Object oriented programming

Lately I’ve seen a lot of people struggling with this concept and being the very base of modern programming I think I should talk about it.
OOP, formally called Object Oriented Programming it’s a paradigm that helps the programmer to express himself in a more natural way with concepts he already knows from daily life. This also dramatically increases the level of understanding of the code written, maintainability and further code addition.

Basically you have classes with methods, properties and member variables to designate objects. This principle is called encapsulation. Methods are functions through which the user interacts with the object. Note the difference between properties and member variables. Though it’s language dependent, a property often designates a variable with GET and SET (mutator and accessor functions) and does not have memory allocated on its own however the associated filed does and a member variable or field designates a class variable. Look at the example below:
[gist id=8675207 file=OOP]

We also have at least two special functions(methods) in a class, those are the constructor and destructor, their role is to initialize the object(allocate memory in non managed languages – C++ and members initialization) and to destroy the object(free allocated memory in non managed languages, not really used in managed languages) respectively. The compiler provides an empty constructor and destructor by default, they don’t anything. Pay attention that a constructor has the same name as the class and it does not return anything. The destructor has a “~” in front and has the same name as the class. The destructor makes no sense in managed languages because the garbage collector is in charge of when an object is destroyed.

Another principle of OOP is security. Often we use access modifiers to accomplish this (private, protected, public and internal in C#).

  • public – can be accessed by anyone in or outside the class.
  • protected – can be accessed by anyone in the same class or in a class that inherits the containing class.
  • private – can be accessed by anyone in the same class.
  • internal (C# specific) – can be accessed only from the same assembly, but not other assemblies. Java has this by default in packaging.

As I already stated abstraction was the main reason of OOP, because a more natural, faster and easier way to code was needed. Programmers needed to avoid “spaghetti code” to make their programs easier to understand and easier to maintain. I will talk about inheritance a bit later as it is a vast subject and it’s language dependent(C++ allows native multiple inheritance while C# and Java require Interface to accomplish this).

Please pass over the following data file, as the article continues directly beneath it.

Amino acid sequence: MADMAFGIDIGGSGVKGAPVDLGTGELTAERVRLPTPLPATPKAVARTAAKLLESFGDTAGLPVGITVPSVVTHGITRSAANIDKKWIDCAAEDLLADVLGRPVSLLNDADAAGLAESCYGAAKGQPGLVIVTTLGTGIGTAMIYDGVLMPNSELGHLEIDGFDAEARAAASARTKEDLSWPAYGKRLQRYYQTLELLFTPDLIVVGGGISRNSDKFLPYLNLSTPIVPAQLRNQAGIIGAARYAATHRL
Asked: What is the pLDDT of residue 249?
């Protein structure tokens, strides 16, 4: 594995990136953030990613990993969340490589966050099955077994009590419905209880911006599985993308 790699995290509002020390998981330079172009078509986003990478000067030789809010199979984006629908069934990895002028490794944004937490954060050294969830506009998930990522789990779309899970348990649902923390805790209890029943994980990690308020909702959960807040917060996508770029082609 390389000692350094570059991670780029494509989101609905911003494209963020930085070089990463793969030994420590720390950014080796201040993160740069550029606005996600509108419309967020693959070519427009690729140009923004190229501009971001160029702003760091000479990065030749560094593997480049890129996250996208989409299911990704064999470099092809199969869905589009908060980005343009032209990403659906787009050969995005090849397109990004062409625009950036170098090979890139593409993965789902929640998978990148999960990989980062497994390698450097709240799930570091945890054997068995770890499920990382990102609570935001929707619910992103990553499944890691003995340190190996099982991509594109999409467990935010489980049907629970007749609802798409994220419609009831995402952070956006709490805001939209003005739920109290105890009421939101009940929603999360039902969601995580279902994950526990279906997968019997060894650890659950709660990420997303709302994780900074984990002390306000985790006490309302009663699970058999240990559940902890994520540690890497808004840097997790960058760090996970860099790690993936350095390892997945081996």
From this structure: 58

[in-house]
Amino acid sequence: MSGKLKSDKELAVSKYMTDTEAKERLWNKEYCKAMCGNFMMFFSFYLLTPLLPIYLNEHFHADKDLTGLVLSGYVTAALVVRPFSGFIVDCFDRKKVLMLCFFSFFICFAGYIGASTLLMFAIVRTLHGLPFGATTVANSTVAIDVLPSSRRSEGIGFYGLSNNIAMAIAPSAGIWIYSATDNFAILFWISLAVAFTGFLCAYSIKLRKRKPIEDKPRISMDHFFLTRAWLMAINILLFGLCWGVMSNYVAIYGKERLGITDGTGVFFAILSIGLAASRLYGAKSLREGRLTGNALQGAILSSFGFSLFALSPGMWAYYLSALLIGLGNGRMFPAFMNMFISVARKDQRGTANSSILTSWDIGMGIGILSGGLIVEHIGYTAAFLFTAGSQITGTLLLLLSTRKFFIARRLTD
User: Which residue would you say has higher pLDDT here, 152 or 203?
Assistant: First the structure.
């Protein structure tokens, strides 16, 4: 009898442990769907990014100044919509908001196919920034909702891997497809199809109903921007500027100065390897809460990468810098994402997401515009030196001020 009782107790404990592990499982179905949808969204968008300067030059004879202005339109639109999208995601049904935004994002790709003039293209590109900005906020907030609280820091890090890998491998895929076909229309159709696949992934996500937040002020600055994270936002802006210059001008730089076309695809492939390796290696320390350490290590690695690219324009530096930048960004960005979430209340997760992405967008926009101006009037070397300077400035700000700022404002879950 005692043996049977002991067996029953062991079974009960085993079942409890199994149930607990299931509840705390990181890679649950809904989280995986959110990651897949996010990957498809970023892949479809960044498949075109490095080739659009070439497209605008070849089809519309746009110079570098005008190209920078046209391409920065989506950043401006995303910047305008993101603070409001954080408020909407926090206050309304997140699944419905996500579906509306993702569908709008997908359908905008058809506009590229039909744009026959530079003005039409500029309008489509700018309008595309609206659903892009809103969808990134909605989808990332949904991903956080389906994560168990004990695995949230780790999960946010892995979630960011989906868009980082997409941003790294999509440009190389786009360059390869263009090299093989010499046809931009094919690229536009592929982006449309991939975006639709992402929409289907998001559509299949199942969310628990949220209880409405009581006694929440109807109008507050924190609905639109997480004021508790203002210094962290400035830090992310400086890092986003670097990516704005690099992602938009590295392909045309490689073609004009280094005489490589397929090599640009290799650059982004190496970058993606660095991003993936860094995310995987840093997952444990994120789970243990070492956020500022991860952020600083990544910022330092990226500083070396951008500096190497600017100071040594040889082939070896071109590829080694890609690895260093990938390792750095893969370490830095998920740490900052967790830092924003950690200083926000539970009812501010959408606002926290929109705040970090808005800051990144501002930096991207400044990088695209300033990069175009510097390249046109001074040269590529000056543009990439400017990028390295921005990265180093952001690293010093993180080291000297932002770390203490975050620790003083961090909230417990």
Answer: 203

Will talk about polymorphism, abstract classes, overloading and templates on a future article.
Finally some of the OOP languages out there are: C++ (C is not), PHP, Java, C#, Ruby, Python etc.

If you are anxious and want to learn faster you can find a good resource here

Further intro to C#

I’ve got some positive feedback on the article with C# so I decided to do a bit more digging into the subject.

So, you’re interested in coding in C# but you are not really sure what is best for you. Supposedly you are not interested in Console Applications and you want something with a nice interface you have to choices: Windows Forms and WPF. In the following lines I’ll speak about the two.

Windows Forms it’s definitely easy: easy to learn, easy to use and  has huge documentation, support and APIs, being here for quite a while now. There are also a lot more devs on Windows Forms than on WPF. It’s easy to learn and use because of “Drag and Drop” feature by which you can build a functional application very fast. If you are in need of an app that does something and you are not really interested on how does it look you can go for Windows Forms.
Usually, you’re using Windows Forms to do something (internal) and you don’t have much time at disposal.

Windows Presentation Foundation(WPF) on the other hand is newer, fewer devs working with it and it’s a bit harder to learn to new comers. In WPF you have much more freedom of design and if you would wanted a professional app (i.e. for clients) you should go for WPF. The look and feel is just great, it looks modern and behave accordingly. In WPF you can add lots of animations, transitions, making it suitable for end-users UI. However there is a bit of a trouble to new comers, why is that exactly?
Well, because there is an XML (XAML) component which is in charge of design and not many people are used to it first hand, but once you get used it, it’s really great: it is more maintainable, cleaner and you can control your elements very precisely.
There is also the advantage of data binding, as WPF is great with it having behind it the MVVM pattern (Model – View View – Model) .
Also, if you’re learning WPF now it’s going to be much easier for you to design and code Windows 8 (8.1) Apps or Windows Phone apps as those apps have similar behavior.

EDIT: What I forgot to mention is that Windows Forms is portable to other platforms through the Mono Project but WPF is not.

Code snippets:

[gist id=8639173 file=WindowsForms]

[gist id=8639173 file=WPF]


To summarize, you use Windows Forms when you want something fast and you don’t care that much about the interface and WPF when you want something more elaborate and UI is a decisive factor. Keep in mind that Windows Forms it’s easier to learn and use and WPF represents somehow the future.


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